Our pets love us unconditionally and are always there for us. We even sense that they are aware when we’re feeling down or upset. Talking to our pets and confiding in them means that they won´t be judging us – just helping us to vocalise what is on our minds. Even though you might feel grumpy sometimes and think you like quiet, humans are social animals. It’s important for our physical and mental health to have contact with other people – and our four-legged friends are a brilliant way to get you talking. Pets are brilliant icebreakers and help others build trust in you.
Pets are a great source of comfort, companionship and motivation, often helping us without us even realising it. In particular, the regular exercise from walking a dog can be beneficial for people suffering with depression. Pets also offer company and someone to share the day with, which is incredibly valuable for pet-owners who experience loneliness, particularly in later life.
It’s not just that pets help you build a wider social network – many people have pets as companions. They make you happy, give you a routine and are great company – all of which adds to your quality of life and boosts your everyday mental health. Having a friendly face at home isn’t just nice-to-have – it can help you stave off common mental health problems caused at least in some part by loneliness.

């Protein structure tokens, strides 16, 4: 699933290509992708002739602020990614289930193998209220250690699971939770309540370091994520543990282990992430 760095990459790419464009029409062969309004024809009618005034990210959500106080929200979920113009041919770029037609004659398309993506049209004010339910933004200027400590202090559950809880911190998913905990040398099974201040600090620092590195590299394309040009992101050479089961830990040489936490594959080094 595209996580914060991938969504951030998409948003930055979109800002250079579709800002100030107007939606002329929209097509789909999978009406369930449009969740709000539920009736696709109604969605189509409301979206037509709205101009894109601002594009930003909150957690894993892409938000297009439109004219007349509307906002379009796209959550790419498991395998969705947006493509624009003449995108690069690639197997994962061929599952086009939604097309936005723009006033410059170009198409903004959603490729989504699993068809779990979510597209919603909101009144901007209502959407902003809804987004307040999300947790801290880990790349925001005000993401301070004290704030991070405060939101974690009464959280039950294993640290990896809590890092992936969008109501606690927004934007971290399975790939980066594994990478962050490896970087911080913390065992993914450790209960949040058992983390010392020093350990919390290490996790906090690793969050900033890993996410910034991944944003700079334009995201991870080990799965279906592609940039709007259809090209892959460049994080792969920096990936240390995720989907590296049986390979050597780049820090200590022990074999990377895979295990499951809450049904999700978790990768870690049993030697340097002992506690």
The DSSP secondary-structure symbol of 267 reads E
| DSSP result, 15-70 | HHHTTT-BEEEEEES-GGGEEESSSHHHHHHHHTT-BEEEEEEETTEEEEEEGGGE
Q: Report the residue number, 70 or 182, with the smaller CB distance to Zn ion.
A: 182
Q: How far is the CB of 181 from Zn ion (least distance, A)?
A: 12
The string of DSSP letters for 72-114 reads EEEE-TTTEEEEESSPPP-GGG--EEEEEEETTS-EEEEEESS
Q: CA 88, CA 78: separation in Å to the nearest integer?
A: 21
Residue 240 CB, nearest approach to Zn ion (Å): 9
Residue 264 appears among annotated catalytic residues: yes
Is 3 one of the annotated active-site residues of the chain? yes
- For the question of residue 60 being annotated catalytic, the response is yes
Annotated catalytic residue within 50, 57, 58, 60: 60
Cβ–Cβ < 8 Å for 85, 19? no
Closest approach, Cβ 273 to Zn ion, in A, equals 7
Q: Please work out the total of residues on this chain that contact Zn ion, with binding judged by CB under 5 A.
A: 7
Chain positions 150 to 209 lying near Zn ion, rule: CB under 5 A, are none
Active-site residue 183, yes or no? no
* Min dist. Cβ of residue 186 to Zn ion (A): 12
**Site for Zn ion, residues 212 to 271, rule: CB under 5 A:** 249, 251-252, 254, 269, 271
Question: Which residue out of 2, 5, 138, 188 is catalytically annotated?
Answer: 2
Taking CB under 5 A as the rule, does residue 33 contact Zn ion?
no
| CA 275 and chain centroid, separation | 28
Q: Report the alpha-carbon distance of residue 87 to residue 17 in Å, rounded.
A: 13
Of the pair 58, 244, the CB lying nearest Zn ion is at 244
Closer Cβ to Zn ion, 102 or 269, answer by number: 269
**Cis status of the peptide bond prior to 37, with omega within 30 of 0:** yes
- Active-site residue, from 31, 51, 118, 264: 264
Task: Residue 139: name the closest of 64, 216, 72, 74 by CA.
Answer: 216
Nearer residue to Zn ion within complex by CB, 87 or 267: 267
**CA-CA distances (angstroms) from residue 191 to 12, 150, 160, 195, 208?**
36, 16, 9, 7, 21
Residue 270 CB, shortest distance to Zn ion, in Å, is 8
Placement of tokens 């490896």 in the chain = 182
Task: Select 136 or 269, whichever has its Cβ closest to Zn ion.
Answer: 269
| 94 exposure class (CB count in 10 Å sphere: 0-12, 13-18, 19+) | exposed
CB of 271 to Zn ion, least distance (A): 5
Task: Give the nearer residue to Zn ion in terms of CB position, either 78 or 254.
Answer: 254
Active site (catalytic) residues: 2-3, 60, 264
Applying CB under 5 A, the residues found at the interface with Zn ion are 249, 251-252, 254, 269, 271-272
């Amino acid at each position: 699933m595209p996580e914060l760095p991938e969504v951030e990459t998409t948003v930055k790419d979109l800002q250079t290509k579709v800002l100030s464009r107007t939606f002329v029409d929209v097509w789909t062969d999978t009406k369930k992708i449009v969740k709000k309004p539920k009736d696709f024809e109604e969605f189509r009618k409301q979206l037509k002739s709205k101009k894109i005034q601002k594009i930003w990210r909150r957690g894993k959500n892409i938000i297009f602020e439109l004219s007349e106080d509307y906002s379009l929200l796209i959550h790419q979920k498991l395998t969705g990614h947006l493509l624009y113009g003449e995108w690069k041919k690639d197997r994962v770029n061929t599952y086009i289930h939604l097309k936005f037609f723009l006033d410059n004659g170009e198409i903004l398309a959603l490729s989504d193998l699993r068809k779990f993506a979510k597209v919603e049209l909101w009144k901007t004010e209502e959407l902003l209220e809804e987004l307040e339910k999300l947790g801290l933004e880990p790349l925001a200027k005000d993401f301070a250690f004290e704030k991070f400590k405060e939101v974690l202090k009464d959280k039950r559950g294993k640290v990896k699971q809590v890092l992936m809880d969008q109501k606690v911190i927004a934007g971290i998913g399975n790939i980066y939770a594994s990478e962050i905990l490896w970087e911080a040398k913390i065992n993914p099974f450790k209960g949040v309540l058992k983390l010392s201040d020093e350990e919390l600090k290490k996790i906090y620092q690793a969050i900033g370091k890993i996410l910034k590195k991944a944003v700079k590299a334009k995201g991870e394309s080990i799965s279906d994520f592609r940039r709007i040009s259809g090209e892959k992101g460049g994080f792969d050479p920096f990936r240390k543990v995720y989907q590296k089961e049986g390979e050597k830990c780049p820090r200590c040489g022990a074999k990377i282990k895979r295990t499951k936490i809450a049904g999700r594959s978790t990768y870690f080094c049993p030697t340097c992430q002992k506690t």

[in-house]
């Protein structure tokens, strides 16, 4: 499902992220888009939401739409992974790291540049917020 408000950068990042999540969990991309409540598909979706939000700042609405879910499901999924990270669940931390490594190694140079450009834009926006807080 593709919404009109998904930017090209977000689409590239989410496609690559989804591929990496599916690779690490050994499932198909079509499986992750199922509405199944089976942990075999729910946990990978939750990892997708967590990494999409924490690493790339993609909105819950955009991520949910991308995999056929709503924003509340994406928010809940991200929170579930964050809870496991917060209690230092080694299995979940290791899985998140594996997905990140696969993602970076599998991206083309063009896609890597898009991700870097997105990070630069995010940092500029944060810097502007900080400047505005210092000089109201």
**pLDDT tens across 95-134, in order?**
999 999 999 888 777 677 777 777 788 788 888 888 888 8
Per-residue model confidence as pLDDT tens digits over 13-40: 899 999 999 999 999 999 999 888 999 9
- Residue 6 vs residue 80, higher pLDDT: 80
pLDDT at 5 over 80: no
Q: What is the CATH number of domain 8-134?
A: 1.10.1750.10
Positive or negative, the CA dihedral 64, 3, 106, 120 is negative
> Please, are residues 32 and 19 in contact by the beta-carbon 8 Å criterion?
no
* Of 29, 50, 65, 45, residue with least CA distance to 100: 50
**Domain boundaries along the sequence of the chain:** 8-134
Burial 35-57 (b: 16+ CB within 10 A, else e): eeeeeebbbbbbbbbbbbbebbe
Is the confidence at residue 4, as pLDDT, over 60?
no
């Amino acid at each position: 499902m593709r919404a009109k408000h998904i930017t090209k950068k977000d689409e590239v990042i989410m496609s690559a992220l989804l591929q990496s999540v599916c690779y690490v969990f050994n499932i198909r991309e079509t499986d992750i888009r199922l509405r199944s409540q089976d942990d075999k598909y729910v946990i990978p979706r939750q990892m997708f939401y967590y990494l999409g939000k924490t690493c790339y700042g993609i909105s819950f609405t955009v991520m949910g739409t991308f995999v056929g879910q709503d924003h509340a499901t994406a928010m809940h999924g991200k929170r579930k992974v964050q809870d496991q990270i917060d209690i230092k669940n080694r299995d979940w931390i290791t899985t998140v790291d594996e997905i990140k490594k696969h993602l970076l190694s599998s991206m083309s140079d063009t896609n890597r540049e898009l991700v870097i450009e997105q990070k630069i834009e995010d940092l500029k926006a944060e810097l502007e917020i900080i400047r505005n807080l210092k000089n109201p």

Stroking or playing with your cat or dog reduces stress-related hormones, even after just 5 minutes of interaction. In fact, playing with your pet raises our levels of serotonin and dopamine; ‘happiness hormones’ – these hormones calm and relax the nervous system so when we smile, laugh or chat with our pets, this helps stimulate their release.
Research has shown that 74% of pet owners say that owning a pet has improved their mental health. Studies show that human-animal interaction increases oxytocin levels in the brain, resulting in a sense of calm, comfort and focus. Not only that, but a study of over 600 cat owners by Cats Protection and the Mental Health Foundation found that 87% felt owning a cat had a positive impact on their wellbeing, while 76% said they could better cope with life thanks to the company of their pet.
As well as protecting your mental wellbeing, pets can also help you manage long-term mental health problems. Pets are a valuable source of support for those managing long-term conditions, providing a welcome distraction from symptoms or upsetting experiences and lots of encouragement. As with the above, pets also give people some much-needed companionship and support especially where other relationships might be limited or strained.
Social isolation is a huge health problem, particularly for the elderly. In fact, social isolation can increase your chances of dying early. So, what may seem like a trivial chat over the garden wall when looking for your cat or in the park when walking your dog, can be hugely significant for your mental and physical health.
Many care homes have resident pets or receive regular visits from therapy animals. This helps to create a calmer, more homely environment for residents and dog assisted therapy has been shown to improve mood, and quality of life in people with dementia.